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Pan Am The Industry Leader

Pan Am served as an international leader in aviation transportation. Pan Am was a pioneer in aviation equipment, air routes, commercial passenger service, navigation techniques and communication systems.
Charles Lindbergh served at the technical advisor for 45 years and played a huge role in determining Transatlantic routes.


The Jet Age

In 1955 Pan Am ordered 45 jet airliners, 20 Boeing 707s and 25 Douglas dc8s for $269 million. Pan Am only received 18 of those DC8s and ordered 130 more from Boeing.

Until realistic flight simulators were introduced in the late 60s Pan Am pilots took all their training in actual planes, many times in dangerous flying conditions.

October 26, 1958 entered the jet age with a B707-121 named Clipper America. It flew from NY to Paris with 111 passengers and 11 crewmembers for 8 ? hours including a fuel stop at Gander. This flight allowed the introduction of jets and economy fares.

In jet engines unlike piston engines, all parts spun in the same direction. Eliminating vibration and decreased frequency of engine failure.

A once profitable airline, 1961?s annual report boasted $460 million in revenues. In 1970 Pan Am carried 11 million passengers approximately twenty billion miles, and employed 19,000 people in 62 countries.  

January 1980 Pan Am merged with National Airlines. Due to the high price of acquiring National, the purchase was considered Chairman ‘Seawell’s Folly".


Juan Trippe Cocktail Party

Juan Trippe and the name Pan Am were synonymous for forty years, 1927 – 1968. He was not necessary liked by all but was respected by most. There were two eras during Pan Am existence: the prop era and the jet era.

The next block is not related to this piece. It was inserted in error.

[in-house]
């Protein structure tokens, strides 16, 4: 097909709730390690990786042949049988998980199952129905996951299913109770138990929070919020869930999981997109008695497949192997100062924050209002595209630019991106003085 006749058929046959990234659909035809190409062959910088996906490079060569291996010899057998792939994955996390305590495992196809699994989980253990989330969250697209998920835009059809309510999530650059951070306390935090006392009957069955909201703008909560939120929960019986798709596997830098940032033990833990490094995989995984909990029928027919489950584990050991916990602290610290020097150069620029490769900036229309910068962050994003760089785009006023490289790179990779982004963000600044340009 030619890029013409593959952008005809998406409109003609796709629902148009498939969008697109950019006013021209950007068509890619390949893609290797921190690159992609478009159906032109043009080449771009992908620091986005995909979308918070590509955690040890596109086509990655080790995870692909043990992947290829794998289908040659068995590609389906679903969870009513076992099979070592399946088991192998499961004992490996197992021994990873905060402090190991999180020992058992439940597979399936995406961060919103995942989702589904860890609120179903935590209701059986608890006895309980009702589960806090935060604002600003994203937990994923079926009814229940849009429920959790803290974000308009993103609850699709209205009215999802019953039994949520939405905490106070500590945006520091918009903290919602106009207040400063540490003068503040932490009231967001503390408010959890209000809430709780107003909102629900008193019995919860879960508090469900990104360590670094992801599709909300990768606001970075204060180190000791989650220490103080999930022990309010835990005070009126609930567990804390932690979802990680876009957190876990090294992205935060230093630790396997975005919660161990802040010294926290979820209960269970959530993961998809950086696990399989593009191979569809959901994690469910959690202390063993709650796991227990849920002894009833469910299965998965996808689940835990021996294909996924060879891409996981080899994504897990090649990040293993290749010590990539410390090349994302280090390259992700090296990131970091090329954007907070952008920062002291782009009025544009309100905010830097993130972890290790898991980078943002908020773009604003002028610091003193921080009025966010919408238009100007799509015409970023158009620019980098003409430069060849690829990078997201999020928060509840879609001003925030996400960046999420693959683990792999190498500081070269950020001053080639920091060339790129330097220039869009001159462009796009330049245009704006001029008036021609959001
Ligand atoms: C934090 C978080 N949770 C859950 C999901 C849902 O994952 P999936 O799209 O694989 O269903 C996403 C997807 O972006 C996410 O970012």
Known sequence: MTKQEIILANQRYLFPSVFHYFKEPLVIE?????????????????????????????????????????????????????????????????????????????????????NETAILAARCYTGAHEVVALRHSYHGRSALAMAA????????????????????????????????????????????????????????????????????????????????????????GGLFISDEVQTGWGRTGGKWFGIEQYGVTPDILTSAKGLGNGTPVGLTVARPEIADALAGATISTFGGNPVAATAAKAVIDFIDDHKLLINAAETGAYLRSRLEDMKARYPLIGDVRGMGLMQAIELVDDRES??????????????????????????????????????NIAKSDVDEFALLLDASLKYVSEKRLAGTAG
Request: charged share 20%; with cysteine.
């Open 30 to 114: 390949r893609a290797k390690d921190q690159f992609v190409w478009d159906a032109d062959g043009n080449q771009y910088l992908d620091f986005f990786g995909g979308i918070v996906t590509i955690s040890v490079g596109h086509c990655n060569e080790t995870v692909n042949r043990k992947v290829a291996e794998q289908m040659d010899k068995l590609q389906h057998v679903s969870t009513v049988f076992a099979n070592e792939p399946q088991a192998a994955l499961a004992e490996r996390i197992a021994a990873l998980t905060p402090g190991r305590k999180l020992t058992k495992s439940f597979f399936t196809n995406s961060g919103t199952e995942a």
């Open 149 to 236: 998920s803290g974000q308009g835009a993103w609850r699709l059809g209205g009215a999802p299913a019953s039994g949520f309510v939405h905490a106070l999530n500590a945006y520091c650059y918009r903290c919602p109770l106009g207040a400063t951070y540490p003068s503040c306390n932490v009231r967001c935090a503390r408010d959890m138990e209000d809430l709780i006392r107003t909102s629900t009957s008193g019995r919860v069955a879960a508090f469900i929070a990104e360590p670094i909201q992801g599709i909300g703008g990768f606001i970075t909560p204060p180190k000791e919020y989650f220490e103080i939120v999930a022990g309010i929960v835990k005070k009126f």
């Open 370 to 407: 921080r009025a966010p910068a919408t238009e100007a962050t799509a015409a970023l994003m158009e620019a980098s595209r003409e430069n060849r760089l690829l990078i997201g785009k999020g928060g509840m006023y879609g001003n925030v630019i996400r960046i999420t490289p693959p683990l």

America’s jet age began on the evening of October 26, 1958, when a Boeing 707 inaugurated Pan Am’s first New York to Paris flight. There was as much coverage and excitement about this flight as that of the " China Clipper" flight 23 years before. It came about when Trippe, with out the rest of the airline industry knowing, negotiated with Boeing and Douglas aircraft companies, I should say pitted one company against the other to produce the best jet aircraft. He also cajoled Pratt & Whitney for better and more powerful engines to place on these aircraft. In the end, Pan Am ordered 21 Boeing 707s and 24 Douglas DC-8 aircraft. This order was kept secret from the media and airline industry.
On the evening of October 15,1955, Trippe hosted a cocktail party for members of the International Air Transport Association (IATA) executive committee in his Gracie Square apartment in Manhattan. Everyone was having a drink and a grand time enjoying themselves while admiring the view of the East River. The airline executives were patting themselves on the back, because they had secured orders for turbo-prop aircraft for their airlines to replace their propeller fleets. It was at this party that Trippe announced that Pan American was going all jet. Trippe had just forced the jet age upon them, without warning. His 
 guest were stunned and as they grasped the importance of this announcement, they all fell silent. They just realized they had been had, their propeller fleets were obsolete. Now they understood why Trippe had not ordered more propeller planes. All the other airlines would be forced to dump their propeller planes at discounted prices, and take a bath in the process. It was like dropping the mother of all bombs on this gathering. It was as if someone deposited a foreign object in the punch bowl and no one wanted a drink anymore. For most of the guest, the taste of the drinks turned sour and the gourmet hors d’ oeuvres were left uneaten and the party atmosphere turned sullen. Guest left and returned to their hotels to book space on the next day’s flights to Seattle (Boeing) and Santa Monica (Douglas). They wanted to reserve places on the jet production lines, behind Pan American.

Don Cooper


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